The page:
Sunless Sea — First Impressions

I mentioned in my Knights of the Old Republic playthrough how creeped out I am by water. So naturally, when it came out, a friend pointed out Sunless Sea to me — what better game for a borderline hydrophobe than a Lovecraftian roguelite set in a black sea full of chthonic entities? And yet I find the concept weirdly compelling, probably in part because there are few better ways to appeal to me than to combine the Lovecraftian with the Victorian.

At this point I’ve played two hours of the game. When I first fired it up, I could not have been more lost — the only thing resembling a tutorial is a handful of pop-ups that often seem to bug out and come up blank, and are unhelpfully vague even when they don’t. There’s also a newcomers’ handbook which gives you an idea of what your objectives are but not, you know, how the UI actually works. After twenty minutes of sitting in Fallen London trying to work out what Fragments and Veils and Mirrors were and why there were strange numbers in the top left hand of the screen, I gave up and watched a fan-made YouTube video that helpfully explained everything. Even if you prefer to tackle the actual gameplay unspoiled, I heartily recommend a trip to YouTube just to get to grips with the UI. It took the streamer I was watching nearly twenty minutes to finish explaining the interface and actually move his ship, and that’s despite talking faster than I think I could manage without amphetamines.

So, I went back into the game feeling well equipped to handle the outset. And to be fair, I made it to two different ports before I managed to set myself on fire. I also spent a while whirling around and around a giant crab trying to figure out how to hit it, since combat has been totally changed since the videos I watched, and the tutorial pop-ups that presumably covered it were coming up blank. The original form of the combat frankly looked better, being less about steering and more about tactics, but maybe I just feel that way because I’m very bad at it.

Despite flailing around a bit at the beginning, I do feel like I’m beginning to get enough of a handle on how everything works that I can begin to get into the meat of the game. It seems like the meat of the game for now is going to consist mostly of grinding a profitable route to get enough money to buy a ship that can actually handle combat with anything besides a crab, and to not feel starved for fuel if I stray outside of that route, but that’s okay, since I don’t mind a bit of grind and it is a roguelite.

So, the basics so far: When you create your steamboat captain, you choose an ambition. Mine is to retire to write a book about my experiences on the seas, which means I need to go around collecting different tales with which to make up said book. I don’t know how to tell when I’ve got enough — the streamer I watched was able to view which ones they still needed, but I can’t seem to do that in the current build of the game — maybe I’ll know it when I see it, or maybe I need to find an up to date guide to explain that as well, since I gather that this isn’t a game that’s particularly keen on handing out its secrets. You start off in Fallen London and venture from there into the unknown, stopping at different ports to write reports on their activities (which you can sell to the authorities back in London), to trade goods with them, and to complete events.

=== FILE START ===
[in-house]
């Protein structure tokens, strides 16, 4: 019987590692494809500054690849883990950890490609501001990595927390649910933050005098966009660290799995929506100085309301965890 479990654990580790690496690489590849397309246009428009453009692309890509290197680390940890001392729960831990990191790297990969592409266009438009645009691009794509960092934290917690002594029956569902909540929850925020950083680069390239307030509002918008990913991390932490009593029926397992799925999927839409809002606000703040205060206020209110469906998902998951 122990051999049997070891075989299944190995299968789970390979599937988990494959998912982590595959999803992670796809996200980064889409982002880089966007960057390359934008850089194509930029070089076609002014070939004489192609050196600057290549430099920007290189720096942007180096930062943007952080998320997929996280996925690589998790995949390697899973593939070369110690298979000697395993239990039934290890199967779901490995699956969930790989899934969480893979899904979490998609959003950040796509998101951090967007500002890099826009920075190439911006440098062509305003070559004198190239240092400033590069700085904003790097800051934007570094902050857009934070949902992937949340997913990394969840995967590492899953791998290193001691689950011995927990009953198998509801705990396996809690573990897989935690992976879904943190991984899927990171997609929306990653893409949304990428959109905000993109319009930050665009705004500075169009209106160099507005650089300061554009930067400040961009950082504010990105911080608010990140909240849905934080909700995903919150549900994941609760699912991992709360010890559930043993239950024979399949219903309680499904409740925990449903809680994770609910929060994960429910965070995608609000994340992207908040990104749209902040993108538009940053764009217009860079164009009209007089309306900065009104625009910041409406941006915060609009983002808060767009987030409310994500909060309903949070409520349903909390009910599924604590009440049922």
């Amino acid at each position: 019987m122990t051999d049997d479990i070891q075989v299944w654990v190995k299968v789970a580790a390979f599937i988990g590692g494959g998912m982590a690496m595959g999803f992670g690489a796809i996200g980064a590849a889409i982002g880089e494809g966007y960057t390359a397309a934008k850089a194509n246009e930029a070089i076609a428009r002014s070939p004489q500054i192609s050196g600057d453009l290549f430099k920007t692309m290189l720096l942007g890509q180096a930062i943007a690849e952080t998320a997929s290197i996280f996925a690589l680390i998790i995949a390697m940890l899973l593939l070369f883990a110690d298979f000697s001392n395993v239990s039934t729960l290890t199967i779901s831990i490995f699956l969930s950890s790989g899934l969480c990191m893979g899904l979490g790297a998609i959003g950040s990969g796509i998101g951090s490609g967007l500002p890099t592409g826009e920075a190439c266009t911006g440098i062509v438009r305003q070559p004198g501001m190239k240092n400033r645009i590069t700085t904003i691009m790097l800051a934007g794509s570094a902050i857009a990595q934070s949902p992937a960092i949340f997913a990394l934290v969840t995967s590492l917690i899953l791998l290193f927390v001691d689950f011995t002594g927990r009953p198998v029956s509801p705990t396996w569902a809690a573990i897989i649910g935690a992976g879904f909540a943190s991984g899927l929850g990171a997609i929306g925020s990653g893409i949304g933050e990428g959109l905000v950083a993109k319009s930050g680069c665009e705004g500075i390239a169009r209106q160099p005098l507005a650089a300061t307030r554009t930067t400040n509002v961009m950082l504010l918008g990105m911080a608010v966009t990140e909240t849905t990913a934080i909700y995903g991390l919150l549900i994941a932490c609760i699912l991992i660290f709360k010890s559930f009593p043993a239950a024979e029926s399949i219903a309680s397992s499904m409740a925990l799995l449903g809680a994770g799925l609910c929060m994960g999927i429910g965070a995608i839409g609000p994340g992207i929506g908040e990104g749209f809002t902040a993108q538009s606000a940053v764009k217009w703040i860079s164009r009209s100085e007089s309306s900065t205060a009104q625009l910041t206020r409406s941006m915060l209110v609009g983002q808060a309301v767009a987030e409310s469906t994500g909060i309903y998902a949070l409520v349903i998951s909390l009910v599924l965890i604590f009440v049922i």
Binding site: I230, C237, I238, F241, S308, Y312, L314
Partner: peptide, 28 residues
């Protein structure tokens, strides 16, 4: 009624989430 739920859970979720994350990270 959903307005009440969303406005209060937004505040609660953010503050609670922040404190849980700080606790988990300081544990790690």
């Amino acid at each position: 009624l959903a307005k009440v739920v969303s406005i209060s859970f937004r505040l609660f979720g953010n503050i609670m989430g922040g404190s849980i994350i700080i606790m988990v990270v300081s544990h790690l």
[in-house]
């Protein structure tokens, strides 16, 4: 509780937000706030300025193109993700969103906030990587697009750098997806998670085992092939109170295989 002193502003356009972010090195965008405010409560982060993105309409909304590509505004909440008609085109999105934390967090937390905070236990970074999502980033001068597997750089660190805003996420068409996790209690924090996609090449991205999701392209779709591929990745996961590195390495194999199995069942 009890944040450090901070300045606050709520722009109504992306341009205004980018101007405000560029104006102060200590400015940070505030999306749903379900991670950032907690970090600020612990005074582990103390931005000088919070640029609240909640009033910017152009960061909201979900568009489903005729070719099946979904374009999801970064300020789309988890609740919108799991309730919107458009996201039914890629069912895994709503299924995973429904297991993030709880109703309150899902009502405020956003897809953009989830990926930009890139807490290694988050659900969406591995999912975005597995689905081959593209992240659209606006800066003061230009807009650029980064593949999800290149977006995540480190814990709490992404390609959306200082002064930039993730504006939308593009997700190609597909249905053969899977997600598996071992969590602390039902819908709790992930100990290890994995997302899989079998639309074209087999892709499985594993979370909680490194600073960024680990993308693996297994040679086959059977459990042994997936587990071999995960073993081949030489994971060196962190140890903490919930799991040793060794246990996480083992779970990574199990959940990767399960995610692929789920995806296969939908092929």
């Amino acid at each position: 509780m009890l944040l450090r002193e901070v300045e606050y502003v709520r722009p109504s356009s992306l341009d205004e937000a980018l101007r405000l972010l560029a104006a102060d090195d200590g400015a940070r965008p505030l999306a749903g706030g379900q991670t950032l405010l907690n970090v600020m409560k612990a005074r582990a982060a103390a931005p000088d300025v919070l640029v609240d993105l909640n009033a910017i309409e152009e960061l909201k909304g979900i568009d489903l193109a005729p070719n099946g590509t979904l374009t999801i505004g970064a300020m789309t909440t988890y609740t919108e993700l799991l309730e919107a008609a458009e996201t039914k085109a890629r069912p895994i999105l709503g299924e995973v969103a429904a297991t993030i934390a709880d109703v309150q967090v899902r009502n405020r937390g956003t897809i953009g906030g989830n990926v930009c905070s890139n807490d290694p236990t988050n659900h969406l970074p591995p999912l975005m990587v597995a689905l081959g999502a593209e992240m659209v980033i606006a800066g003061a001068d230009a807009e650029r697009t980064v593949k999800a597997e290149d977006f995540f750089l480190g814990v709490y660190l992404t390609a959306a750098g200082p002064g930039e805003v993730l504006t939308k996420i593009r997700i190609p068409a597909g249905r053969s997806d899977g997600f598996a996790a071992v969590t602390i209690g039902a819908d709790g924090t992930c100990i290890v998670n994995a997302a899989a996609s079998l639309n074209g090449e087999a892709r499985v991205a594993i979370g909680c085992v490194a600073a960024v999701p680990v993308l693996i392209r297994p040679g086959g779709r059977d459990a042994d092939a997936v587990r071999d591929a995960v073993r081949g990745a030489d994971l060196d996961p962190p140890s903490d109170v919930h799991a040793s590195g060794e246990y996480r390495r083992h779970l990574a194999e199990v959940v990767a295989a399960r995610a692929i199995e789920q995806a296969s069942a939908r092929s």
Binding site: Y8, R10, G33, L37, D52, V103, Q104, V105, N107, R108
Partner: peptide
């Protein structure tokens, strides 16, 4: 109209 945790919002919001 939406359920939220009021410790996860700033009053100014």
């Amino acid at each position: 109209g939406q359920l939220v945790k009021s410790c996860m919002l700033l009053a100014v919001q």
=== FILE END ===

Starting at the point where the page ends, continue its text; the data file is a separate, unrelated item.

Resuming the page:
Every so often you get a ‘Something Awaits You’ status, and that means the next port you go into will have a story waiting for you. As you learn more about the types of stories that will await you in particular ports you can use this to your advantage to trigger desirable events. The stories I’ve encountered so far are pretty great — I’ve obviously not played enough to really see how things unfold, but the ports I have hit up feel unique and flavoursome, and the game and its writing is absolutely dripping with atmosphere.

When you die, which the game immediately warns you will probably happen a lot to begin with, your next captain inherits some of what your dead captain left behind. To start with this is pretty small, mostly just a stat boost and something like keeping how much of the map you’ve uncovered, but you can unlock things that will increase your inheritance, so if you’ve put more work in then it also won’t be quite as painful to lose it all. I haven’t progressed far enough to see how difficult those unlocks are to attain, though.

So far I’m finding the game mildly frustrating but pretty engaging, with an ‘I’ll just hit up one more port…’ quality that reminds me of the One More Turn mentality my favourite strategy games bring out, and so charming and full of atmosphere that I’m ready to brave the learning curve to see where this goes.

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